Cars

White ’61 SS bubbletop a change of pace

'61 Bubbletop

Norm Hacker has a thing for classic red Chevy convertibles of the 1950s and '60s, but when he saw this Ermine White 1961 Impala SS hardtop roll across the auction block, he knew he had to have it. (Mike Berry / kansas.com)
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Norm Hacker has a thing for classic red Chevy convertibles of the 1950s and '60s, but when he saw this Ermine White 1961 Impala SS hardtop roll across the auction block, he knew he had to have it. (Mike Berry / kansas.com)

Norm Hacker’s white 1961 Chevy SS “bubbletop” hardtop was supposed to be a red 1960 Chevy convertible.

“When I was a kid, I was kind of fond of convertibles, especially red convertibles,” he explained.

One of his uncles had a convertible and that was the seed for his passion. To date, he has owned seven Chevy convertibles from the 1950s and 1960s, all of them red.

He was after another one when he journeyed to Branson, Mo., to attend a collector car auction about 15 years ago.

“I went to look at a ’60 Chevy convertible, but the ’61 was selling right before the convertible crossed the block. I just couldn’t pass it up. It’s kind of a rare car,” he said.

“Rare” sums it up nicely. Chevrolet churned out approximately 491,000 Impalas in 1961. Of those, only 453 were equipped with the first-year Super Sport package, according to Hacker.

“They started building them the latter part of the year. The ’61 SS has a bench seat … they didn’t put bucket seats in them until 1962,” he added.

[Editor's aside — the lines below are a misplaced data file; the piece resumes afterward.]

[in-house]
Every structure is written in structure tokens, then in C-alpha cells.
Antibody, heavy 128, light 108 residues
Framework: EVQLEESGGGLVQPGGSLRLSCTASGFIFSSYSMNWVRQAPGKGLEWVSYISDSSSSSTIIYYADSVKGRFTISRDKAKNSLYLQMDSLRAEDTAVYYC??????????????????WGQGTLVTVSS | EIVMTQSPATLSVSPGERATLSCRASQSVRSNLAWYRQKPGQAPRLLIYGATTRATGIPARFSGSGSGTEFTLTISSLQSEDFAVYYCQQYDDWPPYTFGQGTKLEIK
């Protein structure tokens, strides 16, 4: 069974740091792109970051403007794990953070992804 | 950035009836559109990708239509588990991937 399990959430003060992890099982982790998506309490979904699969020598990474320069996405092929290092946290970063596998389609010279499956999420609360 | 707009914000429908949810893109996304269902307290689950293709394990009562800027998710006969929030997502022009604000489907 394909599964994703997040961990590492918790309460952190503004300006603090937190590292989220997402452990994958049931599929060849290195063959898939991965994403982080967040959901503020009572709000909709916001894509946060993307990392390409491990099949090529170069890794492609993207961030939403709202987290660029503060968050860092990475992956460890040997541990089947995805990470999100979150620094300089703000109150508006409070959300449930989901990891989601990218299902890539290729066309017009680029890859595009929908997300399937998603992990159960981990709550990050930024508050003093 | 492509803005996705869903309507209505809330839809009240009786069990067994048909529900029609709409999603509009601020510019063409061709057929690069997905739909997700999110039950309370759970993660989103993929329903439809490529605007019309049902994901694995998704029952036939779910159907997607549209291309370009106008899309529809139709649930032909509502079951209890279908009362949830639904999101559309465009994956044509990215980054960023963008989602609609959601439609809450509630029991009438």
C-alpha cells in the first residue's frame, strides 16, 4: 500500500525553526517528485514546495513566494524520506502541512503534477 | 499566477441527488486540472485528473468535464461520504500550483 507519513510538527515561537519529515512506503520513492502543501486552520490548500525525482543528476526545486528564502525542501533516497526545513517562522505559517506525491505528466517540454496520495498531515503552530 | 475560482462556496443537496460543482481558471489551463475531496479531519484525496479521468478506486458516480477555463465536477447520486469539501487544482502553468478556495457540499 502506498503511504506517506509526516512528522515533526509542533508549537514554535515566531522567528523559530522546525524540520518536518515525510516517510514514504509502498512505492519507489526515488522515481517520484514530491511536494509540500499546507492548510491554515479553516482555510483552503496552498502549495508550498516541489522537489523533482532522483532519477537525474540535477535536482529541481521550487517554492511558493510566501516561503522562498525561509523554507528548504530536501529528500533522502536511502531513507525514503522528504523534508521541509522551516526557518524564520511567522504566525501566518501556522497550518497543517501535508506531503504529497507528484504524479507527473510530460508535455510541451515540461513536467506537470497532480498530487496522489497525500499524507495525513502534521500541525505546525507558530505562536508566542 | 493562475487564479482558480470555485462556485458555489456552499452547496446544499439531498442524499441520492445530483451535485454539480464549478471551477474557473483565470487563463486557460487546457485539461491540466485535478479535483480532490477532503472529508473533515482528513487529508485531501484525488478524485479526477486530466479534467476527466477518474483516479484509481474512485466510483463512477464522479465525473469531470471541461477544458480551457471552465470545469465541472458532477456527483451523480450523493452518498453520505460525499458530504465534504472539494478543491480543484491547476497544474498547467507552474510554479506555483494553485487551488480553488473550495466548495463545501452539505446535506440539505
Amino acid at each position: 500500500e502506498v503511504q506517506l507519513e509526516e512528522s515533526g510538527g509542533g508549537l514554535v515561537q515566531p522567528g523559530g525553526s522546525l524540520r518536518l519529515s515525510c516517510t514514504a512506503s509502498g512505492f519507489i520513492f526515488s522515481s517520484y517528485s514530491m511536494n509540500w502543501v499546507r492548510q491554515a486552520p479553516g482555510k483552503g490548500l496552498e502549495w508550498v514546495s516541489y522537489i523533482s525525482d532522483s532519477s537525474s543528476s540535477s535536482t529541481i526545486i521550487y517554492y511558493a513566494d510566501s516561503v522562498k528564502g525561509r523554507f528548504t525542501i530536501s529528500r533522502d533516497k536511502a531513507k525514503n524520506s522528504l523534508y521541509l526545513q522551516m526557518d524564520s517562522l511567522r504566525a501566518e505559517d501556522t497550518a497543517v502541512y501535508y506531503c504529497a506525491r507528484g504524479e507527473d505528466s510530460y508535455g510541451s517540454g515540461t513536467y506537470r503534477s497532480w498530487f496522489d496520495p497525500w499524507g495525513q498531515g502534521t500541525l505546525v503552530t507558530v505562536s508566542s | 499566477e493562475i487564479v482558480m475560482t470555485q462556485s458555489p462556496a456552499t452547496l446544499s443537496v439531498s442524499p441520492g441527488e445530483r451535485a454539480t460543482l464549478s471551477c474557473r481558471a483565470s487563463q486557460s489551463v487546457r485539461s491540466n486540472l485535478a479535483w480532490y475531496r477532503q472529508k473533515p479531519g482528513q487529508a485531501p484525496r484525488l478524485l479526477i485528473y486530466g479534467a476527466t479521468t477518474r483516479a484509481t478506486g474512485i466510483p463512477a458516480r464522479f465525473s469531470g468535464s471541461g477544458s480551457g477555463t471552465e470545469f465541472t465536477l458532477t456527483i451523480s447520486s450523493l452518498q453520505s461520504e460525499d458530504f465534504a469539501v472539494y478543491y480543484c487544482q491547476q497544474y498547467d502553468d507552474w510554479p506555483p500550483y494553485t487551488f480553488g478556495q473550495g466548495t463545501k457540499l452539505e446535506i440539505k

The SS sport coupe had been well cared for, with the original red upholstery and headliner in place and in pristine condition. It had been repainted once, by a previous owner, in the factory Ermine White.

There’s no center console to speak off, just a metal plate surrounding the thin, curved 4-speed shifter, which is topped by a small white ball. An original factory tachometer is mounted on the left side of the steering column.

The two-spoke, two-tone steering wheel is a thing of beauty, giving easy view of the horizontal speedometer and the round gauges beneath it.

Hacker’s car is equipped with a 348 cubic inch V-8 with the Tri-Power triple 2-barrel carburetor intake and dual exhaust. It is rated at an impressive 350 horsepower, with 364 foot-pounds of torque on tap for instant acceleration. There’s a Corvette-style grab bar in the righthand side of the dash for just such occasions.

The bubbletop roofline, with its ultra-thin rear roof pillars and curved rear glass, gives the car a streamlined profile, especially when all the windows are down. The red insert in the side spear and the SS badging add to the performance look.

Interestingly, it is equipped with factory air conditioning, as well as power steering and power brakes.

“Everything is stock … the hubcaps are special on the SS,” said Hacker, who prefers restored, factory-correct machines. Even the tires, 8.25x14 Goodrich Silvertown narrow whitewalls, are period correct bias ply reproductions.

“I really don’t drive it too far,” Hacker says, noting that he occasionally shows the car at Wichita area events. An office full of trophies and plaques attests to the fact all of his cars have been consistent show winners.

When he does take the Super Sport to a distant show, it’s loaded on a trailer behind an RV, to minimize wear and tear on the car.

It has made jaunts to Oklahoma City and Ennis, Texas. But perhaps its most memorable outing was to a National Impala Association gathering in Spearfish, S.D.

“We got to take cruises to the Black Hills, Rapid City and Mount Rushmore. That was a lot of fun,” Hacker recalled.

But to top it off, he was interviewed by Dennis Gage of the “My Classic Car” television show.

“I thought that was pretty cool,” Hacker grinned.

So does he regret not waiting for that red 1960 convertible to cross the auction block? Not really. He is happy with his white 1961 SS hardtop.

In fact, his vanity plate on the car says it all: “61348SS.”

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